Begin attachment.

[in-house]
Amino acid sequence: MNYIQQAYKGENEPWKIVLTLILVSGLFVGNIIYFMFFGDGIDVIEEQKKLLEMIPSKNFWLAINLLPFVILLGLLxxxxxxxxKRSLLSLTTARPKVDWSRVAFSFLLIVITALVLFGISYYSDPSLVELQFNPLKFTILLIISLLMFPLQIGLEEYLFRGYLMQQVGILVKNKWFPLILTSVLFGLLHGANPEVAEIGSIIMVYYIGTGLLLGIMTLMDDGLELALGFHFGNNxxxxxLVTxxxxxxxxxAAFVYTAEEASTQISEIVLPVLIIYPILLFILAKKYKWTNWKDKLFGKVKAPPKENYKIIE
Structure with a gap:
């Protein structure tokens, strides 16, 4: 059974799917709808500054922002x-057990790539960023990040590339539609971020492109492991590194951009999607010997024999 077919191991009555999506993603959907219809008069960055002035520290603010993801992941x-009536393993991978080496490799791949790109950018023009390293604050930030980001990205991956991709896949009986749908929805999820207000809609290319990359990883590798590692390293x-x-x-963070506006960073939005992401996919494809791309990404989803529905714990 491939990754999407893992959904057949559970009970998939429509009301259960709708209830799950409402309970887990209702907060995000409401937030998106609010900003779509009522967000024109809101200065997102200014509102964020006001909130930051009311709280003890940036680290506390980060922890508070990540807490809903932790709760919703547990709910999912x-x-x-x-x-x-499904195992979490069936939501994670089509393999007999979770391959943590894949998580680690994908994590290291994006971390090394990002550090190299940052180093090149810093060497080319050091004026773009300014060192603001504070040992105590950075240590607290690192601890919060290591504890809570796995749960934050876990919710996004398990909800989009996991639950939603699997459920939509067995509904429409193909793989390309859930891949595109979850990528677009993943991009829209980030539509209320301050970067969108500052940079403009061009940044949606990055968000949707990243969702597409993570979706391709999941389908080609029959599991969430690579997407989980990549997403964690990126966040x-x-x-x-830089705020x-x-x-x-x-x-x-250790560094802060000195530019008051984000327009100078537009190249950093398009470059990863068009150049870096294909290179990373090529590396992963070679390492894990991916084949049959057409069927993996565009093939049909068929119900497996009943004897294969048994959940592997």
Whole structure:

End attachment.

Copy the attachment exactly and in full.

[in-house]
Amino acid sequence: MNYIQQAYKGENEPWKIVLTLILVSGLFVGNIIYFMFFGDGIDVIEEQKKLLEMIPSKNFWLAINLLPFVILLGLLxxxxxxxxKRSLLSLTTARPKVDWSRVAFSFLLIVITALVLFGISYYSDPSLVELQFNPLKFTILLIISLLMFPLQIGLEEYLFRGYLMQQVGILVKNKWFPLILTSVLFGLLHGANPEVAEIGSIIMVYYIGTGLLLGIMTLMDDGLELALGFHFGNNxxxxxLVTxxxxxxxxxAAFVYTAEEASTQISEIVLPVLIIYPILLFILAKKYKWTNWKDKLFGKVKAPPKENYKIIE
Structure with a gap:
């Protein structure tokens, strides 16, 4: 059974799917709808500054922002x-057990790539960023990040590339539609971020492109492991590194951009999607010997024999 077919191991009555999506993603959907219809008069960055002035520290603010993801992941x-009536393993991978080496490799791949790109950018023009390293604050930030980001990205991956991709896949009986749908929805999820207000809609290319990359990883590798590692390293x-x-x-963070506006960073939005992401996919494809791309990404989803529905714990 491939990754999407893992959904057949559970009970998939429509009301259960709708209830799950409402309970887990209702907060995000409401937030998106609010900003779509009522967000024109809101200065997102200014509102964020006001909130930051009311709280003890940036680290506390980060922890508070990540807490809903932790709760919703547990709910999912x-x-x-x-x-x-499904195992979490069936939501994670089509393999007999979770391959943590894949998580680690994908994590290291994006971390090394990002550090190299940052180093090149810093060497080319050091004026773009300014060192603001504070040992105590950075240590607290690192601890919060290591504890809570796995749960934050876990919710996004398990909800989009996991639950939603699997459920939509067995509904429409193909793989390309859930891949595109979850990528677009993943991009829209980030539509209320301050970067969108500052940079403009061009940044949606990055968000949707990243969702597409993570979706391709999941389908080609029959599991969430690579997407989980990549997403964690990126966040x-x-x-x-830089705020x-x-x-x-x-x-x-250790560094802060000195530019008051984000327009100078537009190249950093398009470059990863068009150049870096294909290179990373090529590396992963070679390492894990991916084949049959057409069927993996565009093939049909068929119900497996009943004897294969048994959940592997």
Whole structure: